But the quarterfinals have been a rollercoaster, spinning us into a few heart-thumping loop-de-loops and casting the security of pre-tournament (even pre-game) predictions to the wind. The apparent dominance of the South American nations has been filed under M for myth; three of the four semifinalists are European. As we've been thrown about in this direction and that, there's no denying it's been an exhilarating. A quick look at some observations from the quarterfinals:
The Netherlands versus Brazil game sent the carriages rattling into the first hairpin bend, and by the end of it, a technically sound but rather dull Dutch side was heading for the semifinals while Brazil coach
Though the Dutch had come into the tournament off the back of a 19-match unbeaten run, their play since arriving had been effective but uninspiring.
But after the break, and having failed to put more than a single goal on the board while in control of the game, things unraveled in spectacular style for the Brazilians. For a team that had distinguished itself defensively -- and particularly at set-pieces -- Brazil suddenly looked astonishingly amateur. There was an impatience to Dunga's men as the Dutch pushed harder on the gas in the second half, but while the indiscipline of Bastos (booked) and Melo (sent off) wasn't exactly a huge shock, Brazil's handling of the resulting free kicks, and its movement and awareness defending corners, was.
If you live by the sword, you die by the sword, so the saying goes, and Dunga was impaled when his slick and stylish counter-attackers couldn't outwit the Dutch, who had already notched up four wins that relied on holding onto the ball more than they did on terrorizing opposition defenses. Its progress is as remarkable as Brazil's implosion.
Other than the surprise demise of another South American side tasked with overcoming a deficit for the first time in this tournament, the parallels between Argentina's 0-4 defeat at the hands of Germany and the Netherlands-Brazil quarterfinal 24 hours beforehand are few. Argentina's defense fared far worse against a German team that has looked more like a Dutch side than the Dutch themselves.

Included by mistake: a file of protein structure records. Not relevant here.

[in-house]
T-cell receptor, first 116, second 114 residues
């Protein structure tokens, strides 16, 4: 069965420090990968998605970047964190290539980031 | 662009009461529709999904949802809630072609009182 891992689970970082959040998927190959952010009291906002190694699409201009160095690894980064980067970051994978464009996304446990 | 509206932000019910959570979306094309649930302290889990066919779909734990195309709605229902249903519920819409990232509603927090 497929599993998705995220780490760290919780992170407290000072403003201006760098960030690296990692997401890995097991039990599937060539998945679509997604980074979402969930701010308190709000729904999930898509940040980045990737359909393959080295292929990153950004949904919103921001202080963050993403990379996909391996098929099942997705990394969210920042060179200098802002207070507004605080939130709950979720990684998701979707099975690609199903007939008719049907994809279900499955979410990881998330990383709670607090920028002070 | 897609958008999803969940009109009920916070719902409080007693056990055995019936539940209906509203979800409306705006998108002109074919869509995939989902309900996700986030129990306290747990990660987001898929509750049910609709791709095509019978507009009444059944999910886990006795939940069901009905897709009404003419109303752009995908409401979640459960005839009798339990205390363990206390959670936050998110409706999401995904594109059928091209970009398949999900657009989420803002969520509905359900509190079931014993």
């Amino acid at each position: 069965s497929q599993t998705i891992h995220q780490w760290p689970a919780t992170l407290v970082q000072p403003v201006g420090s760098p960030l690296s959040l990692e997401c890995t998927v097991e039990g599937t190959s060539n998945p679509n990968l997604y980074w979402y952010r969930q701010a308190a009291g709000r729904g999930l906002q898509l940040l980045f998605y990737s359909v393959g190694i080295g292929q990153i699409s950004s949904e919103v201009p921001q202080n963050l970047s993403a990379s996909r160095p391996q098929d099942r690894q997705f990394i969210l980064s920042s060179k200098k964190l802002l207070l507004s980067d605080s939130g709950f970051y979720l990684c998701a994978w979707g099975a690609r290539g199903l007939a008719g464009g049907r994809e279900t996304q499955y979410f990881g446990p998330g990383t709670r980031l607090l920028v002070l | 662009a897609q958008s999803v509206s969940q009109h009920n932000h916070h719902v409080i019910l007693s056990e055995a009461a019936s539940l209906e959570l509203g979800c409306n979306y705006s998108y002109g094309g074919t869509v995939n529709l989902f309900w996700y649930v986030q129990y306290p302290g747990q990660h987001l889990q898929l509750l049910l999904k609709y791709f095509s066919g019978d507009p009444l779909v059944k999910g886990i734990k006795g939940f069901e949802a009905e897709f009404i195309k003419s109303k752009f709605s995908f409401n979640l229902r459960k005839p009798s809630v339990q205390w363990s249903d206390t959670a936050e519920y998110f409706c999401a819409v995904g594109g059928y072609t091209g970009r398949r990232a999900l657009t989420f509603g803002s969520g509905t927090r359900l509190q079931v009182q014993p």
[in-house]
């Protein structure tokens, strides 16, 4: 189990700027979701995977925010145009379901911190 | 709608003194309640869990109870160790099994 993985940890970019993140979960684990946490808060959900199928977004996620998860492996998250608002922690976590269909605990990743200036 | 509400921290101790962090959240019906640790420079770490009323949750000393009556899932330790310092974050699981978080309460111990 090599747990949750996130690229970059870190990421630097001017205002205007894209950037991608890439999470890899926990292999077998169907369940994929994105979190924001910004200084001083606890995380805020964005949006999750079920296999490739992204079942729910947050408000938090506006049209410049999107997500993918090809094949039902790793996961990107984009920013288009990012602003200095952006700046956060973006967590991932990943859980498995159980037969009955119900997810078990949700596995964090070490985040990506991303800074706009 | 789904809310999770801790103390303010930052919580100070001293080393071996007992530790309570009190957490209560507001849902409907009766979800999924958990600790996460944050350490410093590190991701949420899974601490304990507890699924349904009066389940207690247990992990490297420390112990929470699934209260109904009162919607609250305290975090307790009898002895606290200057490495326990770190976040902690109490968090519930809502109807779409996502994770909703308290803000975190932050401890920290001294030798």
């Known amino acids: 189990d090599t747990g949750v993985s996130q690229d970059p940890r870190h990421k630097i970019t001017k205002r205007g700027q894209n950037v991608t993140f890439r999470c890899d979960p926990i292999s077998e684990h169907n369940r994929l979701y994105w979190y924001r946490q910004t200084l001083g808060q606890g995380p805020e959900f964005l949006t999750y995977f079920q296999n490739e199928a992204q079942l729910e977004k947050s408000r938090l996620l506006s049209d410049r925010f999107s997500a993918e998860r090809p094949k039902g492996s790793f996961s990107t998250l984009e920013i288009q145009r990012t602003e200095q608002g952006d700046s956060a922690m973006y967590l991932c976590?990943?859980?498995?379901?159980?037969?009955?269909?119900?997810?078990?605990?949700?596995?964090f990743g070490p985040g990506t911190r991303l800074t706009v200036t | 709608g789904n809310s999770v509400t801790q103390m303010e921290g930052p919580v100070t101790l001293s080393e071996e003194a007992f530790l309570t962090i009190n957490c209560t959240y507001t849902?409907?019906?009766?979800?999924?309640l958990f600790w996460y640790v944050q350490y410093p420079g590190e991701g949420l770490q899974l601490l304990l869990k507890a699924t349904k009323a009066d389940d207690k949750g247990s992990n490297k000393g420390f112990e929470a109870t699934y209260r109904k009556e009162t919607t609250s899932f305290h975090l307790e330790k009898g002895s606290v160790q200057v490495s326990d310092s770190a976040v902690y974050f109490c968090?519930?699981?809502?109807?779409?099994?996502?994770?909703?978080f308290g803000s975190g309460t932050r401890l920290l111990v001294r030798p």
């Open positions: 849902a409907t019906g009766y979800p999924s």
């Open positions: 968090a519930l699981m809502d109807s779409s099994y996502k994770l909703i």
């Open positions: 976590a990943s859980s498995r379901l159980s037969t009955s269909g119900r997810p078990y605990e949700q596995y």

Nigeria and Greece had looked to keep things tight in the group and offered nothing like the forward-thinking of the Germans, but for the first time Argentina's possession of the ball was nine parts toil to one part thrill. An hour passed between Germany's first and second goals but Argentina looked surprisingly short of ideas in the final third. The success with which
Joachim Löw's team will now have to overcome Spain, which beat Paraguay today as the rollercoaster hit a plateau with Spain managing a fifth game in a row looking sluggish. What life there might have been in the first hour of the game was throttled out of it by Paraguay's limited attacking ambitions, but once again
Spain finished the match on top and
As a footnote, one of the most stomach-churning twists as the tournament has progressed has been the willingness of players to dabble in the dark arts. Credit to the Dutch for extending their fine run, but theirs was a victory given more than it was earned, unless Robben would like to take credit for repeatedly overreacting to challenges with such flamboyant exaggeration that eventually Melo lost his marbles entirely and gave him a few studs to the leg worth writhing around for. He is not alone in trying to kid the referee, far from it, but he has surely enjoyed the most success.
The biggest furor has surrounded
"I made the best save of the tournament," he said, with seemingly scant regard for the ethics at stake. "Sometimes in training I play as a goalkeeper so it was worth it. There was no alternative but for me to do that. Now we are in the semifinals -- although I was very sad because no one likes to be sent off. " Not many teams like to be denied a winning goal, either. Ghana probably made enough of its own mistakes to go out, putting more shots off target than Uruguay managed in total, but Suarez would be wise not to revel so publically in the manner of Uruguay's success.